Deep Listening: What We Heard in Ashe County

Ashe County, NC

It was a Saturday morning and the sidewalks in West Jefferson were already crowded. Vendors at the farmer’s market were barely able to get a moment to sit down as visitors admired their pottery and weighed the early season greenhouse tomatoes in their hands. Two puppies watched the passersby from the window of a curio shop, while a small line formed outside a brewery as it opened for the lunch crowd.

West Jefferson has changed over the years and so has Ashe County. Once sleepy main streets now bustle with weekend tourists and mountain trails host families up from the Piedmont for the day. But just a mile out of town, a group of local residents sat in a small circle talking about the place they call home. 

Living in a place with such natural beauty is something that no one in the room took for granted, and no one seemed to mind sharing it with the weekend visitors. But the reality is, Ashe County needs to make its growing tourism industry work for the people who live here.

That is one of the themes that emerged from Down Home’s first Ashe County Listening Session, aptly named Ashe County Talks! Designed to hear from local residents about what local issues matter most to them, Down Home’s listening sessions are taking the time and space to make sure that our movements are locally led and locally grown. 

It didn’t take long for issues related to tourism to surface in Ashe County. When asked the opening question of “What keeps you up at night?” the first response from the group was immediate: “Housing. No one can afford a place to live here.” 


One local resident explained that with so many homes becoming AirBNBs for tourists that few places remain for local families to rent or buy. “Some rentals are nearly $2,000 a month, or they are the awfulest trailers you have seen in your life.”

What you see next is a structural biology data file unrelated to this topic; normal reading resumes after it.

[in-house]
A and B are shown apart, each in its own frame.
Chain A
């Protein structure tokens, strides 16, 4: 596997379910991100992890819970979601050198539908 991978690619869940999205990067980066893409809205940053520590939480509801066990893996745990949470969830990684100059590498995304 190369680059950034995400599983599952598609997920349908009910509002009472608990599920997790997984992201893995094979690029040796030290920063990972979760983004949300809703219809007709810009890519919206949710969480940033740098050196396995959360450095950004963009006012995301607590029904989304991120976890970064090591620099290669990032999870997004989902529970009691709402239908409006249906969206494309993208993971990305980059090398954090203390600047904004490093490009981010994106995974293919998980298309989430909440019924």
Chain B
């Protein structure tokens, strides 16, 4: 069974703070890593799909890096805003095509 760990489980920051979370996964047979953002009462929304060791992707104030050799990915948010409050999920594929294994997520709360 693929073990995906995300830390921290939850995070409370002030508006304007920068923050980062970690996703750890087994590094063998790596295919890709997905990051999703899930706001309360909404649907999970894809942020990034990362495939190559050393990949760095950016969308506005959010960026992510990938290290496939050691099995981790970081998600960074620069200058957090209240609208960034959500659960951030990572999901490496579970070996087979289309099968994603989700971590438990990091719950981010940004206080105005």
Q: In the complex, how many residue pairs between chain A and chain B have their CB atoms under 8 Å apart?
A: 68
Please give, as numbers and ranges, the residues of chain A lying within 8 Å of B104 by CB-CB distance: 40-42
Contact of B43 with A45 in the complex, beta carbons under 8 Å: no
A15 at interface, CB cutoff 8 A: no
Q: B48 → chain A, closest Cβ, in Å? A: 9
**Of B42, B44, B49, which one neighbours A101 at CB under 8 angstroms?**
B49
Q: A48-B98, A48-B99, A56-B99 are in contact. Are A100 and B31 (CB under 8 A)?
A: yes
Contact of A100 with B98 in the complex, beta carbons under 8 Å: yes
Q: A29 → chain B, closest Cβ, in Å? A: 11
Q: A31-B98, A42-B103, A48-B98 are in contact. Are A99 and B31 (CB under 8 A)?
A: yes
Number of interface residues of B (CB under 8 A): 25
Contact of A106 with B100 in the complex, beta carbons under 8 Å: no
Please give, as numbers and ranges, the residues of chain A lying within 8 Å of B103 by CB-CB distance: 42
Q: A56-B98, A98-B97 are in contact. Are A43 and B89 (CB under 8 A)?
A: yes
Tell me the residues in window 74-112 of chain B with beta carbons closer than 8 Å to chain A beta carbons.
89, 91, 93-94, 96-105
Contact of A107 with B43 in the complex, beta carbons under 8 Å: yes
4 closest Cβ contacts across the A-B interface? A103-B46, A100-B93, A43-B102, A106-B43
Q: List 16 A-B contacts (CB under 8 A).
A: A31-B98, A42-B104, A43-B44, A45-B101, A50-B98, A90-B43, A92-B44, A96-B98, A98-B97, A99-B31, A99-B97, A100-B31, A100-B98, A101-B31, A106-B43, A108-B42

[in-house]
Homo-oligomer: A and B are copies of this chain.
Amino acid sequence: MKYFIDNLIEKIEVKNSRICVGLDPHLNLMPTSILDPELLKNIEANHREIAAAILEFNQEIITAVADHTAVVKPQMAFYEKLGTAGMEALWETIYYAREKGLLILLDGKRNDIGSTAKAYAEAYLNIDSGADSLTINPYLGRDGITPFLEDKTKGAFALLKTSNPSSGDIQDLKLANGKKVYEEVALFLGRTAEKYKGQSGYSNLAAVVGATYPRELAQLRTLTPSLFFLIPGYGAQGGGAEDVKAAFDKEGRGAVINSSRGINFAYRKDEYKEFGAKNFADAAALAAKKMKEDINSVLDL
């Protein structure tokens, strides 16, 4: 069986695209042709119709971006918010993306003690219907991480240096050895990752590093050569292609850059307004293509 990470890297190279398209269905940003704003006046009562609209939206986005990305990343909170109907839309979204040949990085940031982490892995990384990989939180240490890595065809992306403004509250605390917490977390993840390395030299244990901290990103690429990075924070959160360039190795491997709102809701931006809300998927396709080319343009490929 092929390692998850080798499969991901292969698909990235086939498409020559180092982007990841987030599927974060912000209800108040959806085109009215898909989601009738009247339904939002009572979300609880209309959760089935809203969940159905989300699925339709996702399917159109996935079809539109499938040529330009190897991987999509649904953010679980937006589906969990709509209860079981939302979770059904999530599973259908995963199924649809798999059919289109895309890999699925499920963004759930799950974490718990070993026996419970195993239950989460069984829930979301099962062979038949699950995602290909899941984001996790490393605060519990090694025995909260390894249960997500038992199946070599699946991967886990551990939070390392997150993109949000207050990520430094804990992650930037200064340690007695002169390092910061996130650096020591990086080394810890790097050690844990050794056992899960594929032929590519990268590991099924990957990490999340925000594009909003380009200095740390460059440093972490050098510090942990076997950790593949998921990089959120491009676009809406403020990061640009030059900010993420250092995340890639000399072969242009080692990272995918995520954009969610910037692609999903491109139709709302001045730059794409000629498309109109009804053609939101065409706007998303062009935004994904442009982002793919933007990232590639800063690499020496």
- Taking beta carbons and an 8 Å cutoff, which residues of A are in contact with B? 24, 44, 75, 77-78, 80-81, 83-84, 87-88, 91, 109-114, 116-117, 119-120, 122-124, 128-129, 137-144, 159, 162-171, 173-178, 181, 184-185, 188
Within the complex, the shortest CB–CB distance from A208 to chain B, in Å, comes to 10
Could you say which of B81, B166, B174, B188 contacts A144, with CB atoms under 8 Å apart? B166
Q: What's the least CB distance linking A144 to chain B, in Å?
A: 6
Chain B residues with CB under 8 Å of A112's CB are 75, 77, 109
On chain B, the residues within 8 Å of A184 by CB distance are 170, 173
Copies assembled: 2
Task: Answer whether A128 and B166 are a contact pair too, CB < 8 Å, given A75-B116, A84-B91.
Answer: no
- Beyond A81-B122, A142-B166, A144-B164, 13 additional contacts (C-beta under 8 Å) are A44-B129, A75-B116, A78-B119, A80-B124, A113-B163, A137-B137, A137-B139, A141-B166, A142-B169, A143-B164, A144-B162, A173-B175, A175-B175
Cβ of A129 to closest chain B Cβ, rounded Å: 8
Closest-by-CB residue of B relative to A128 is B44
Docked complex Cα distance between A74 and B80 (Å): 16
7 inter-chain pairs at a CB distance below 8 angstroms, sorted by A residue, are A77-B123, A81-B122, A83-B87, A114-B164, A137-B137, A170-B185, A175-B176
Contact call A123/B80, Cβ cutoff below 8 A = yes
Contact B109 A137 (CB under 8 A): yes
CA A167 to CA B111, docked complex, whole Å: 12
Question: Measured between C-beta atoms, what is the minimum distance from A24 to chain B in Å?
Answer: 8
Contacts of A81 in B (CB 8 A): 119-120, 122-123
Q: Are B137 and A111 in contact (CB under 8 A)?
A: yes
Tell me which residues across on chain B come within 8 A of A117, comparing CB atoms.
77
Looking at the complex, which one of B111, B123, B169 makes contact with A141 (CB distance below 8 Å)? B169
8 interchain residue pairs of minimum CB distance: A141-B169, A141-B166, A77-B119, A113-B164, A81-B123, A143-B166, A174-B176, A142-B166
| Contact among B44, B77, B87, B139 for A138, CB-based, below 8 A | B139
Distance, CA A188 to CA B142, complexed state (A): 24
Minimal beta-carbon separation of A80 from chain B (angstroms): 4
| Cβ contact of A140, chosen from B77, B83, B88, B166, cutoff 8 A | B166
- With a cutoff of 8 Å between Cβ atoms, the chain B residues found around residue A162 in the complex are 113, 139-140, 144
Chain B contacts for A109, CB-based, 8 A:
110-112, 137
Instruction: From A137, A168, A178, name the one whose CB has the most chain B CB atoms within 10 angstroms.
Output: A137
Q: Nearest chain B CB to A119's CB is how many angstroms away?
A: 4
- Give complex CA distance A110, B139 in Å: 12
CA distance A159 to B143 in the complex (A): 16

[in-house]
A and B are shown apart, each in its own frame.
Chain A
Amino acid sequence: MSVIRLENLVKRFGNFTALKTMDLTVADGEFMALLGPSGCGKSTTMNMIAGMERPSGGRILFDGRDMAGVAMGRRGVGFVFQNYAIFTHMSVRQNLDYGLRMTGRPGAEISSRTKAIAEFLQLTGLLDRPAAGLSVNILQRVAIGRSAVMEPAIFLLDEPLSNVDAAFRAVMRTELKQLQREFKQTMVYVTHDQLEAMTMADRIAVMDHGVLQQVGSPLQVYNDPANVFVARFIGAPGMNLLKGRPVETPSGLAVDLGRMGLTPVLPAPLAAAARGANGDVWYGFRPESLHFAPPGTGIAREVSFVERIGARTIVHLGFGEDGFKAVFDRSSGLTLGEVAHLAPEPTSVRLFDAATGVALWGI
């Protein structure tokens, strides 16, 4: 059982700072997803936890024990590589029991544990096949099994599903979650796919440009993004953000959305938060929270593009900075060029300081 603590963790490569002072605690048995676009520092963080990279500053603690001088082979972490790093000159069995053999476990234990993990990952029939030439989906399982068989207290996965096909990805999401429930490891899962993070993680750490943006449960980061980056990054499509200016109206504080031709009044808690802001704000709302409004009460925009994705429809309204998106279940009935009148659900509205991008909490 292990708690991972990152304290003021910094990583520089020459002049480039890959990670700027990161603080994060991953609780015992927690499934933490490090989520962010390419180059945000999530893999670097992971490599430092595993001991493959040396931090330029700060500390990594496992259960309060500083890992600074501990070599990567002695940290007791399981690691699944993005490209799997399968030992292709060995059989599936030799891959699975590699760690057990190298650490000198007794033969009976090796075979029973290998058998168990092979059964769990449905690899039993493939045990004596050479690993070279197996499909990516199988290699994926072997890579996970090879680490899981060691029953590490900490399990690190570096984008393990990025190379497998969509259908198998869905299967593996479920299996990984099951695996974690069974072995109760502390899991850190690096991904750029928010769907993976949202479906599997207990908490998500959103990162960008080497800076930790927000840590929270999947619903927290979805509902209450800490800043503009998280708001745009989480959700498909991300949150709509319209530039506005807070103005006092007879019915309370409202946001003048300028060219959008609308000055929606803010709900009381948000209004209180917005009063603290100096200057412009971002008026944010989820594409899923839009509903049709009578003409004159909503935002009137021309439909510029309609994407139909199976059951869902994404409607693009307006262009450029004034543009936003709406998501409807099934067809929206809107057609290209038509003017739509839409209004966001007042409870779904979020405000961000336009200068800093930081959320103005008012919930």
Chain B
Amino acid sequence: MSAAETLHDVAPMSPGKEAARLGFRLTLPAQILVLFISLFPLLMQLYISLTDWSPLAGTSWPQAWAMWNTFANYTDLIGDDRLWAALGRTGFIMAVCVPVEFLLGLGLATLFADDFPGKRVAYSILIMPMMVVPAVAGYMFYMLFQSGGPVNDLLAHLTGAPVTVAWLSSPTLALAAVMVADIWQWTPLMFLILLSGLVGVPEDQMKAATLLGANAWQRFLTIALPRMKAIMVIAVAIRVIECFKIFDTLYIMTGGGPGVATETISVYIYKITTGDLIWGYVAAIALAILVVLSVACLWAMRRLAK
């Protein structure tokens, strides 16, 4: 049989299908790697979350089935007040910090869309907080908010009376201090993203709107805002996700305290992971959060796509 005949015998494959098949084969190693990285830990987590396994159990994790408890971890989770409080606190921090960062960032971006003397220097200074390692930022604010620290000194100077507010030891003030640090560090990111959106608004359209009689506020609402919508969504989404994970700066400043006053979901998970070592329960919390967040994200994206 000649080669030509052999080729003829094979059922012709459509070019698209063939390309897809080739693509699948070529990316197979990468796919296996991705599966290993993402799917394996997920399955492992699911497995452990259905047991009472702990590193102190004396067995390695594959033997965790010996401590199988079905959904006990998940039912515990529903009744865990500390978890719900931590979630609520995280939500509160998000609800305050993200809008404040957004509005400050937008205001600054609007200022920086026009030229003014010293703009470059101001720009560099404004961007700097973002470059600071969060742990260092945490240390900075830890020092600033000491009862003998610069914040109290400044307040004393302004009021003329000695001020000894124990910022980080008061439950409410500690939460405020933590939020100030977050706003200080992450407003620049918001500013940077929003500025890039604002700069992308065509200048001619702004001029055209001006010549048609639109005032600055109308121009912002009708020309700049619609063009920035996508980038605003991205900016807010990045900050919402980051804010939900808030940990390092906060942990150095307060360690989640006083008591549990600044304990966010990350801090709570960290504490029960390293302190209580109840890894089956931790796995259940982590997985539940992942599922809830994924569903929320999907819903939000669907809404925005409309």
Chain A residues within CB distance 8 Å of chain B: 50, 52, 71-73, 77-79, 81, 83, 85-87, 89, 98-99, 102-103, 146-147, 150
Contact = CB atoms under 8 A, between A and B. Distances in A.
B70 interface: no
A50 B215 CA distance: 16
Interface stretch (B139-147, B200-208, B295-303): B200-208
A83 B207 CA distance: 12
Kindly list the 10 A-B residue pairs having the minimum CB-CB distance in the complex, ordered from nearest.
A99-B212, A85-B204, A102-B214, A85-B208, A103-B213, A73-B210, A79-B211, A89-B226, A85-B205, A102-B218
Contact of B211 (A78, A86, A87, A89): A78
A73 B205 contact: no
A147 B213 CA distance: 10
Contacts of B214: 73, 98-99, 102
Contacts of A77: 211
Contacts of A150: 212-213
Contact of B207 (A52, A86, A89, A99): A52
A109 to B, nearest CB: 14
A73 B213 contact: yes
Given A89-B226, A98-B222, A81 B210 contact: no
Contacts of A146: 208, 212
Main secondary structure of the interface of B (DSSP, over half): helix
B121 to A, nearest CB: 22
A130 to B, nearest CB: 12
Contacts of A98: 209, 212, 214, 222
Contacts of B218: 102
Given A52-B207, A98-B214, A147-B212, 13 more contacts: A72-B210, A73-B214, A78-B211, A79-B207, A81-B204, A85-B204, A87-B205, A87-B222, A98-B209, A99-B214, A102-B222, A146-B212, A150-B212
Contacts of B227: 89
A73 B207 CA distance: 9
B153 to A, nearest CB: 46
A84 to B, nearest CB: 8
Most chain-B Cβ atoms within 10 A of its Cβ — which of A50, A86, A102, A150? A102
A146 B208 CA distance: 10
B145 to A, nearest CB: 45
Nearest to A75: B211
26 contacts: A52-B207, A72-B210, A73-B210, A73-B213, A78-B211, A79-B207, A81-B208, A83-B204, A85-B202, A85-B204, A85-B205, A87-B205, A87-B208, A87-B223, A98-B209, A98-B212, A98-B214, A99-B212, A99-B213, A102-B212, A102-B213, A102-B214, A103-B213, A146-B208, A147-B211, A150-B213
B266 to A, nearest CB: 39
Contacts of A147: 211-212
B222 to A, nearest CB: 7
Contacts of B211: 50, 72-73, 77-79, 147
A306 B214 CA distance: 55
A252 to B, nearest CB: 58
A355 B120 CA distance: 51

She went on to describe picking up a friend during a rainstorm recently and seeing water running out of the electrical outlets. “She is paying $500 a month to rent that trailer for her family, and the landlord won’t keep it up.” 

The Need for Good Jobs

“There’s just not the jobs here to afford the kind of rent it takes to get a decent place,” explained another participant, citing how most local jobs are in the service industry to support tourism and pay low wages. 

“The highest compliment you can get here is ‘You are a hard worker,’” explained one participant. “And that’s true. People work really hard here, but they don’t have a lot to show for it.” Another explained that one big employer closed even after infrastructure was built for it, and other big employers seem to ask a lot of the local tax base to remain.

“The wages just aren’t high enough. People can’t afford to buy toilet paper. It’s that bad.”

10,000 Conversations

Down Home’s Ashe County Listening Sessions are a part of our 10,000 Conversations Project. Our organization will be talking to 10,000 rural North Carolinians this year to hear what issues matter most to them, who they think is responsible, and what we can do to create change. 

Want to make your voice heard, too? Join our 10,000 Conversations Project by taking our online survey here. Or, if you’re near Ashe County, register below to join us at our next Listening Session on May 14th.

Interested in getting involved in Ashe County? Reach out to Dolly Reaves, our local Field Organizer at [email protected]

Woman sits with dog on sidewalk with a clipboard
Ashe County Field Organizer, Dolly, meeting a dog while going door to door as part of the 10,000 Conversations Project